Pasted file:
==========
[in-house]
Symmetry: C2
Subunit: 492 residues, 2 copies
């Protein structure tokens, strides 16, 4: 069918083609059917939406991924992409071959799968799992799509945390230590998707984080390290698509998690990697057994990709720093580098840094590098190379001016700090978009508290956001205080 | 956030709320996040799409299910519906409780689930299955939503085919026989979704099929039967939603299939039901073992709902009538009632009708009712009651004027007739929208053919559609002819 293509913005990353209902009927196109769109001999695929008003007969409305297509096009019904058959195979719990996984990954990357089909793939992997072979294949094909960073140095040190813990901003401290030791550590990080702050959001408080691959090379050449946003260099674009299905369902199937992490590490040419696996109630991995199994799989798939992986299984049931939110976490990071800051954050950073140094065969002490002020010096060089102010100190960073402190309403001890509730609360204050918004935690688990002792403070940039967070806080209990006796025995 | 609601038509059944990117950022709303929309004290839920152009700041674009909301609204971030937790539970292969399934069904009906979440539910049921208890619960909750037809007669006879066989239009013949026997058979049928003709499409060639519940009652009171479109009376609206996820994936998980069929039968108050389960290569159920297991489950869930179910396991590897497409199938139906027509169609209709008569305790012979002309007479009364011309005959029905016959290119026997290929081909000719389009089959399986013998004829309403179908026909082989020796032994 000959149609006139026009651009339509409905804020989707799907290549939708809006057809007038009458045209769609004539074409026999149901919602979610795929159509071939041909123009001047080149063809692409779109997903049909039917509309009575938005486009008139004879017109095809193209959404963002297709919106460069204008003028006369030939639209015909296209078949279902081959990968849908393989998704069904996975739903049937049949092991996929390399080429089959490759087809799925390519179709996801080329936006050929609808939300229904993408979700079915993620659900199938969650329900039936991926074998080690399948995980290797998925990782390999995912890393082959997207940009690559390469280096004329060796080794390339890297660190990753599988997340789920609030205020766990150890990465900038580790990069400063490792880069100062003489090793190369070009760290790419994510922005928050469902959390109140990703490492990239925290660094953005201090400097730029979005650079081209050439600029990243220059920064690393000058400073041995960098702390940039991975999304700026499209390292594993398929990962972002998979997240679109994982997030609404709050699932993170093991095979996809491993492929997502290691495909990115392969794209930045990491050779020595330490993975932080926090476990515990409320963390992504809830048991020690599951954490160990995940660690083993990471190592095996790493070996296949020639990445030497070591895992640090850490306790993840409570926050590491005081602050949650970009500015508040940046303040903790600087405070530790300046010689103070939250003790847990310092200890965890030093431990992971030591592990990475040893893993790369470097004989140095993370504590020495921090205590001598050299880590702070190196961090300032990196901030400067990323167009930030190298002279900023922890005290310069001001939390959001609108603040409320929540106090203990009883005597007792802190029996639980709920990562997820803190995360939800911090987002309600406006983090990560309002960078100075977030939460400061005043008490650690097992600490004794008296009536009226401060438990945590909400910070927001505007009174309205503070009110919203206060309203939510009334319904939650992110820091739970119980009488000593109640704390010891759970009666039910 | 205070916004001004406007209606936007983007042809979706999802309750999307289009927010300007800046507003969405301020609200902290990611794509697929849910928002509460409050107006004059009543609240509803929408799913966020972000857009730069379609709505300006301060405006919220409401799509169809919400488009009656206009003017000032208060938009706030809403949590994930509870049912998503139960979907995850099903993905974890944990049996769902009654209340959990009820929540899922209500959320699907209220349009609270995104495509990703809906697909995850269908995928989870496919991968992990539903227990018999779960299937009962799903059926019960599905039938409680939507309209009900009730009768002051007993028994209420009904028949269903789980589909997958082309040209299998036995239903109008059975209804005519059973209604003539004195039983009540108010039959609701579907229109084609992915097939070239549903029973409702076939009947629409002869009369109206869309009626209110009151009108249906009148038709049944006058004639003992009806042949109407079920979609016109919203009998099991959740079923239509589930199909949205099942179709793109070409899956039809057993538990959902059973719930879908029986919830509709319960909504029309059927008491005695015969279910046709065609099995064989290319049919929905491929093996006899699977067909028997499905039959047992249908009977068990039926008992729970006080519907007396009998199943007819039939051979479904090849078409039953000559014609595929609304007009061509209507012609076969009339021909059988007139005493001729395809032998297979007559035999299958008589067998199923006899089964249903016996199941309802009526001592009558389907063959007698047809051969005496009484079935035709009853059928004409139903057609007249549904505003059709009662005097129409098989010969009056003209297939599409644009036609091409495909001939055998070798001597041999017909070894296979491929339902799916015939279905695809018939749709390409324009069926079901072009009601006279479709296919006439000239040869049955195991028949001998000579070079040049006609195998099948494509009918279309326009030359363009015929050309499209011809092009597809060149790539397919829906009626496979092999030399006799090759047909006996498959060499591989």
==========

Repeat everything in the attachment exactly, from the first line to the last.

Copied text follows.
[in-house]
Symmetry: C2
Subunit: 492 residues, 2 copies
């Protein structure tokens, strides 16, 4: 069918083609059917939406991924992409071959799968799992799509945390230590998707984080390290698509998690990697057994990709720093580098840094590098190379001016700090978009508290956001205080 | 956030709320996040799409299910519906409780689930299955939503085919026989979704099929039967939603299939039901073992709902009538009632009708009712009651004027007739929208053919559609002819 293509913005990353209902009927196109769109001999695929008003007969409305297509096009019904058959195979719990996984990954990357089909793939992997072979294949094909960073140095040190813990901003401290030791550590990080702050959001408080691959090379050449946003260099674009299905369902199937992490590490040419696996109630991995199994799989798939992986299984049931939110976490990071800051954050950073140094065969002490002020010096060089102010100190960073402190309403001890509730609360204050918004935690688990002792403070940039967070806080209990006796025995 | 609601038509059944990117950022709303929309004290839920152009700041674009909301609204971030937790539970292969399934069904009906979440539910049921208890619960909750037809007669006879066989239009013949026997058979049928003709499409060639519940009652009171479109009376609206996820994936998980069929039968108050389960290569159920297991489950869930179910396991590897497409199938139906027509169609209709008569305790012979002309007479009364011309005959029905016959290119026997290929081909000719389009089959399986013998004829309403179908026909082989020796032994 000959149609006139026009651009339509409905804020989707799907290549939708809006057809007038009458045209769609004539074409026999149901919602979610795929159509071939041909123009001047080149063809692409779109997903049909039917509309009575938005486009008139004879017109095809193209959404963002297709919106460069204008003028006369030939639209015909296209078949279902081959990968849908393989998704069904996975739903049937049949092991996929390399080429089959490759087809799925390519179709996801080329936006050929609808939300229904993408979700079915993620659900199938969650329900039936991926074998080690399948995980290797998925990782390999995912890393082959997207940009690559390469280096004329060796080794390339890297660190990753599988997340789920609030205020766990150890990465900038580790990069400063490792880069100062003489090793190369070009760290790419994510922005928050469902959390109140990703490492990239925290660094953005201090400097730029979005650079081209050439600029990243220059920064690393000058400073041995960098702390940039991975999304700026499209390292594993398929990962972002998979997240679109994982997030609404709050699932993170093991095979996809491993492929997502290691495909990115392969794209930045990491050779020595330490993975932080926090476990515990409320963390992504809830048991020690599951954490160990995940660690083993990471190592095996790493070996296949020639990445030497070591895992640090850490306790993840409570926050590491005081602050949650970009500015508040940046303040903790600087405070530790300046010689103070939250003790847990310092200890965890030093431990992971030591592990990475040893893993790369470097004989140095993370504590020495921090205590001598050299880590702070190196961090300032990196901030400067990323167009930030190298002279900023922890005290310069001001939390959001609108603040409320929540106090203990009883005597007792802190029996639980709920990562997820803190995360939800911090987002309600406006983090990560309002960078100075977030939460400061005043008490650690097992600490004794008296009536009226401060438990945590909400910070927001505007009174309205503070009110919203206060309203939510009334319904939650992110820091739970119980009488000593109640704390010891759970009666039910 | 205070916004001004406007209606936007983007042809979706999802309750999307289009927010300007800046507003969405301020609200902290990611794509697929849910928002509460409050107006004059009543609240509803929408799913966020972000857009730069379609709505300006301060405006919220409401799509169809919400488009009656206009003017000032208060938009706030809403949590994930509870049912998503139960979907995850099903993905974890944990049996769902009654209340959990009820929540899922209500959320699907209220349009609270995104495509990703809906697909995850269908995928989870496919991968992990539903227990018999779960299937009962799903059926019960599905039938409680939507309209009900009730009768002051007993028994209420009904028949269903789980589909997958082309040209299998036995239903109008059975209804005519059973209604003539004195039983009540108010039959609701579907229109084609992915097939070239549903029973409702076939009947629409002869009369109206869309009626209110009151009108249906009148038709049944006058004639003992009806042949109407079920979609016109919203009998099991959740079923239509589930199909949205099942179709793109070409899956039809057993538990959902059973719930879908029986919830509709319960909504029309059927008491005695015969279910046709065609099995064989290319049919929905491929093996006899699977067909028997499905039959047992249908009977068990039926008992729970006080519907007396009998199943007819039939051979479904090849078409039953000559014609595929609304007009061509209507012609076969009339021909059988007139005493001729395809032998297979007559035999299958008589067998199923006899089964249903016996199941309802009526001592009558389907063959007698047809051969005496009484079935035709009853059928004409139903057609007249549904505003059709009662005097129409098989010969009056003209297939599409644009036609091409495909001939055998070798001597041999017909070894296979491929339902799916015939279905695809018939749709390409324009069926079901072009009601006279479709296919006439000239040869049955195991028949001998000579070079040049006609195998099948494509009918279309326009030359363009015929050309499209011809092009597809060149790539397919829906009626496979092999030399006799090759047909006996498959060499591989």